Mules and Donkeys

Gelding the John Mule

by Marlene Malcher
A john [male] mule that is not castrated can be much more dangerous than a rank horse stallion. 

We used to castrate our john mules at one or two months of age, but we had several problems with bleeders and in one case the mule eviscerated and died. Now we wait until they are at least 5 or 6 months old before calling out our vet. By this age the stomach wall has strengthened and the danger of a tragic outcome is greatly reduced. On the other hand, if you put it off much beyond the age of 9 months, the john can become difficult to handle. 

Dr. Suzy Burnham of Texas A&M advocates "anesthesia with amnesia," because a mule remembers pain for a long time and will associate it with the people who inflicted it, whether intentionally or not. Some mules blame their present pain on the person they remember handled them last. My husband Jerry often receives this treatment after a young mule's castration, because he usually has the job of presenting the youngster to the vet for the sedation needle. Some mules forgive him quickly, others carry a grudge for a long time.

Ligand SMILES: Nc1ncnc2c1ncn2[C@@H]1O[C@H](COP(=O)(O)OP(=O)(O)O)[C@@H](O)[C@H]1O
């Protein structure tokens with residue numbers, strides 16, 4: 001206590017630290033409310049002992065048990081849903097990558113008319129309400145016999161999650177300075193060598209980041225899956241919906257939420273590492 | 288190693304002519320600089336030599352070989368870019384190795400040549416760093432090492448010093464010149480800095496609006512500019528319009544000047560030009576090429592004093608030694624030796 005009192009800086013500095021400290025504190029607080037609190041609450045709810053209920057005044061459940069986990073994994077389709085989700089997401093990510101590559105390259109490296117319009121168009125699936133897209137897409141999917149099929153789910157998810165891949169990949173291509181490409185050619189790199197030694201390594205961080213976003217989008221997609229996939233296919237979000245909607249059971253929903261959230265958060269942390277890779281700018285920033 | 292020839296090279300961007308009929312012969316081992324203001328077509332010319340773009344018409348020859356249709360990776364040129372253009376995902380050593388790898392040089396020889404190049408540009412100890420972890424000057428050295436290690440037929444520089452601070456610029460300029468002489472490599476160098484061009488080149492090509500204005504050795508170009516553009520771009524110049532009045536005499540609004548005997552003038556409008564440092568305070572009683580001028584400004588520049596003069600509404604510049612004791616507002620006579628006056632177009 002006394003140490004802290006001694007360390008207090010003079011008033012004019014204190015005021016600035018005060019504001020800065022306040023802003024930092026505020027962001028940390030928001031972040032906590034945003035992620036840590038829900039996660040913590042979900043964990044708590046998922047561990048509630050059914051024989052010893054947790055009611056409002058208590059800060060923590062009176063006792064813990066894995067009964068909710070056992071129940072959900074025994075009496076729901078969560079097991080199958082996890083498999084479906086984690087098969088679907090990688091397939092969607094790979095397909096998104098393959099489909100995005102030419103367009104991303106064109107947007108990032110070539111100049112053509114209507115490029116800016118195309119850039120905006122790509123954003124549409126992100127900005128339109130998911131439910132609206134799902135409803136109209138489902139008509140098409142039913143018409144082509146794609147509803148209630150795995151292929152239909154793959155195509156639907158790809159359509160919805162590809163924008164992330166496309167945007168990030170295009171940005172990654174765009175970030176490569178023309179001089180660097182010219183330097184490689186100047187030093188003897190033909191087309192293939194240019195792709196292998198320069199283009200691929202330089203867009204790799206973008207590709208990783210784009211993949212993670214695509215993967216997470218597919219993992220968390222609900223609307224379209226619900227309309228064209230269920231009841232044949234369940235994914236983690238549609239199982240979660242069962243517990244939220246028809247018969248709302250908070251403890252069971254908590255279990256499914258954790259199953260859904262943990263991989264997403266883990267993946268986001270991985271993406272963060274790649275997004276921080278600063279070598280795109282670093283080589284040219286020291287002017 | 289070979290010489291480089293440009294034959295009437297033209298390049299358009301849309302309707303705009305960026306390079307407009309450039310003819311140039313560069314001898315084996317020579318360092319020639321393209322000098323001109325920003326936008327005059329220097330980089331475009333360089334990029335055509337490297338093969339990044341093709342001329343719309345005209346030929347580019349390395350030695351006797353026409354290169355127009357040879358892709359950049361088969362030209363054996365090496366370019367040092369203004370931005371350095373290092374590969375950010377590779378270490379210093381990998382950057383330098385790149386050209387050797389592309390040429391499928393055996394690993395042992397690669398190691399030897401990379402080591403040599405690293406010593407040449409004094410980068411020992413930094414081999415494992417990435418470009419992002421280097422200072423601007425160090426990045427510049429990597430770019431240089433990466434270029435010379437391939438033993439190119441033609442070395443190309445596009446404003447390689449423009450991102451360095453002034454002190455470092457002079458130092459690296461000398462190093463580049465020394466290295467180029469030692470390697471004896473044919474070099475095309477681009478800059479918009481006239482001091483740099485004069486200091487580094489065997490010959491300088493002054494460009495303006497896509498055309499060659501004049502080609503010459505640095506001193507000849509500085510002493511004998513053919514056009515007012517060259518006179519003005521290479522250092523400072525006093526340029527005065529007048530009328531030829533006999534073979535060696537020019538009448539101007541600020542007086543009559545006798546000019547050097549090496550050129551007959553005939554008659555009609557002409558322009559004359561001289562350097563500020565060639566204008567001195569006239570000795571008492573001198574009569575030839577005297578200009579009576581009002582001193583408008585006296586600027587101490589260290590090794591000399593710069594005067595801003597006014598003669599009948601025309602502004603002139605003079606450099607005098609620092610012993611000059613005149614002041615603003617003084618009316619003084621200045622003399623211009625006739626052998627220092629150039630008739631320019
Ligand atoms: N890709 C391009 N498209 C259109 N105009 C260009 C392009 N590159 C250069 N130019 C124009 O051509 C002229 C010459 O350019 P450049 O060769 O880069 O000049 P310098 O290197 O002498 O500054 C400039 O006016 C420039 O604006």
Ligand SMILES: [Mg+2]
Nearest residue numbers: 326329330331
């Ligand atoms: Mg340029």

Find a veterinarian who has taken time to learn about the differences between castrating a donkey or mule compared to a horse. An experienced veterinarian will use sutures with mule or donkey colts, which are more prone to bleeding than horse colts. This knowledge can make the difference in whether or not the castrated colt survives.

Another difference is in sedatives for mules or donkeys. If the vet says these animals are no different from horses, look for another vet. A mule generally requires more sedative to put him down before he may be operated on. The last colt we castrated required three times the anaesthetic that a horse colt would have needed. Even then he was down only long enough for the surgery, and up immediately after. rh horse logo

Marlene Malcher breeds and raises mules on her family's farm. This column appeared in the Spring 2001 issue of Rural Heritage.

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